With bits and bytes into the mobile future

A talk with Jörg Lamparter, Head of Mobility Services, about smart cities and the future of urban mobility.

Jörg Lamparter, Head of Mobility Services

Mr. Lamparter, Daimler Mobility Services is increasingly investing in Internet start-ups. What are your plans in this area?

In 2017 we successfully promoted and enhanced the three pillars of Daimler Mobility Services: carsharing, transportation services, and mobility platforms. In addition, we acquired shares in Turo, which is the US market leader in peer-to-peer carsharing, and the ridesharing service Via, as well as Careem, a ridesharing service based in Dubai that has more than ten million users. We’ve also completely taken over Flinc, the first ridesharing platform for short trips, which was founded in Darmstadt. All of them are promising enterprises, and we aim to use them to further expand our strong position in the mobility market.

Are you currently experiencing a tailwind?

The mobility sector is currently undergoing rapid change. The trend is toward “mobility on demand.” Customers want to have intelligently interlinked mobility services that they can search for, book, and pay for simply and directly via their smartphones. Our car2go service is the global market leader for flexible carsharing, mytaxi is the leading taxi app in Europe, and our multimodal moovel platform offers users access to a wide variety of mobility options. Through our interaction with the services of the companies in which we have holdings, we are in effect creating an operating system for urban mobility and supporting cities’ efforts to make mobility simpler and more sustainable.

What does your vision of future urban mobility look like?

Today urban regions all over the world are facing very similar challenges. Their transportation infrastructure is overburdened, and traffic congestion is a strain on their inhabitants. In the future, cities will once again focus on their residents. We are convinced that traffic will require less space in the future. There will be a broad and varied range of mobility offers that can be flexibly combined. And a combination of intelligent route planning with the pooling of ride requests will create additional flexibility.

Does this mean that people practically won’t need cars of their own?

Daimler is setting sales records. But at the same time, people are increasingly demanding mobility offers that go beyond their own cars. Especially in cities, people are increasingly rethinking their daily mobility routines and deciding on the best way to get from A to B in each situation. We are already responding to this trend by offering appropriate options — including booking and payment through our mobility platform moovel.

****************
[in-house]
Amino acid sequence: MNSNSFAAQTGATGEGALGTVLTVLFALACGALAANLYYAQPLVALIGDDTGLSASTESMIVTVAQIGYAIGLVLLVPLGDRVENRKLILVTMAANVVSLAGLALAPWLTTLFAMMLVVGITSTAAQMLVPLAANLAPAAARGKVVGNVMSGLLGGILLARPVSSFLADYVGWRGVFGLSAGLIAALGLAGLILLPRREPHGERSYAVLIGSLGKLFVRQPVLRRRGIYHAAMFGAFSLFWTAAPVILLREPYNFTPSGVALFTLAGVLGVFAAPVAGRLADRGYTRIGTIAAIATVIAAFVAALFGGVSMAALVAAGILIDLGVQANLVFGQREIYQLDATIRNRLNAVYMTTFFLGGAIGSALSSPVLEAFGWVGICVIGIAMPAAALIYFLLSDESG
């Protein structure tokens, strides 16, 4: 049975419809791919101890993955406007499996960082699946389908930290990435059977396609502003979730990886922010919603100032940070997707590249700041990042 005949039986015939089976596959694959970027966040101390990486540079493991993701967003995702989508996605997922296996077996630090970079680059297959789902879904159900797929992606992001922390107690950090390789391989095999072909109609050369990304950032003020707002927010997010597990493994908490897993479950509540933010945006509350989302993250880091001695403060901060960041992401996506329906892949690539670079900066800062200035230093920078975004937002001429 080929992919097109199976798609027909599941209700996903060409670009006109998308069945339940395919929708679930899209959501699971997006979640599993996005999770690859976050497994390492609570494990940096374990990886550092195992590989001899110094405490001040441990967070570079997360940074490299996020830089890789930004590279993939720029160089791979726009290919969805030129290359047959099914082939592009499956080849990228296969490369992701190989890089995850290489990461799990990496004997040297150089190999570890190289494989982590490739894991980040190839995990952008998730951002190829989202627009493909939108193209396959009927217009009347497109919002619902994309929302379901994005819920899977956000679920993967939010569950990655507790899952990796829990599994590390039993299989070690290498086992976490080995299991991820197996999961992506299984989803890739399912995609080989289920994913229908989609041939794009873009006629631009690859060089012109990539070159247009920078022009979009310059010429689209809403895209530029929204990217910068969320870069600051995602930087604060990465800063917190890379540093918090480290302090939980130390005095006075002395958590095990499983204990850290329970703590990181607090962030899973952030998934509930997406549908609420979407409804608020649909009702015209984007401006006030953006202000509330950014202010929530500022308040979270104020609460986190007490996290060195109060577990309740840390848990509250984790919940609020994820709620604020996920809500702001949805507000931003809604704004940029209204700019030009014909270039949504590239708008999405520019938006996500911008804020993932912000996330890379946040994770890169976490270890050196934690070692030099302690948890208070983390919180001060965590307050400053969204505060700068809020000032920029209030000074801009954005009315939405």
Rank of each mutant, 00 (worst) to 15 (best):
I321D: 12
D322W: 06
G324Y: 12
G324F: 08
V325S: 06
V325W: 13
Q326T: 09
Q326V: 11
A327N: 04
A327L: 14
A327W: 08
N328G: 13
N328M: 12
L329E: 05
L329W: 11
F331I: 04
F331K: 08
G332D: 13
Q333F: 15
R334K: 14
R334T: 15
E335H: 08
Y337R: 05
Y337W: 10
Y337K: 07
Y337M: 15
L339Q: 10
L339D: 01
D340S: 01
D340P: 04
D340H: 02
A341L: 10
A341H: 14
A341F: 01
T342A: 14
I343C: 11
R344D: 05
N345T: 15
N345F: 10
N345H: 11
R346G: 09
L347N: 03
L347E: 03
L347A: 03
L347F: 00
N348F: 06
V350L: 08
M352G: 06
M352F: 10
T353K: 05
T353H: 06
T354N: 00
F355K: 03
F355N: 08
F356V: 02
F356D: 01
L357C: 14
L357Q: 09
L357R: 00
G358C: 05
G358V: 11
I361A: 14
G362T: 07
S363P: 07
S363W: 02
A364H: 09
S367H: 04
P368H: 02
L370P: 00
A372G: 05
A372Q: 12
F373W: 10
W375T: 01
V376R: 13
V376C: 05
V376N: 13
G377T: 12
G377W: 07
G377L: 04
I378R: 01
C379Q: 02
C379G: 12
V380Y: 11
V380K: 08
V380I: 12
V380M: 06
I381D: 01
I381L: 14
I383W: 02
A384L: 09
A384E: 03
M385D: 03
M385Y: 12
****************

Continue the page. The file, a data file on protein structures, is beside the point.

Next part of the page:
In other words, there will still be cars in the smart cities of the future. How much will the “robocars” of the future have in common with the cars of today?

I’m confident that our developers at the Group have clear ideas about that. These “robocars” will stand out because of factors that go far beyond design issues. They will have autonomous electric drive systems, be fully connected, and be shared by many users. From my perspective, Daimler is ideally set up for this development in every one of its divisions: cars, trucks, vans, and buses. Daimler probably has the widest range of new technologies that are already in operation or at least in the pilot phase.

If your vision of connected mobility is to become a reality, the main thing you need is data. How is Daimler Mobility Services addressing data protection?

For us, data protection has top priority. In many areas we are already implementing the requirements of the new EU General Data Protection Regulation, which will come into force at the end of May 2018. We regard this as an important aspect of our value proposition: to deal responsibly with the data of our partners and customers. One of the ways we set ourselves apart from our competitors as a German provider is by complying with the highest data protection standards in the world. That’s an example of “made in Germany” in the best sense of the word.

Bits and bytes instead of status and horsepower — doesn’t this approach conflict with the core business of your company today?

Vehicles will continue to be a core business of Daimler. We entered the market early on with our Daimler Mobility Services, and we’ve established ourselves in a good position. Our ultimate aim is to occupy the interface with customers, because through our mobility offers we reach not only car owners but also people who don’t have a car. We are transforming ourselves from an automaker into a mobility group.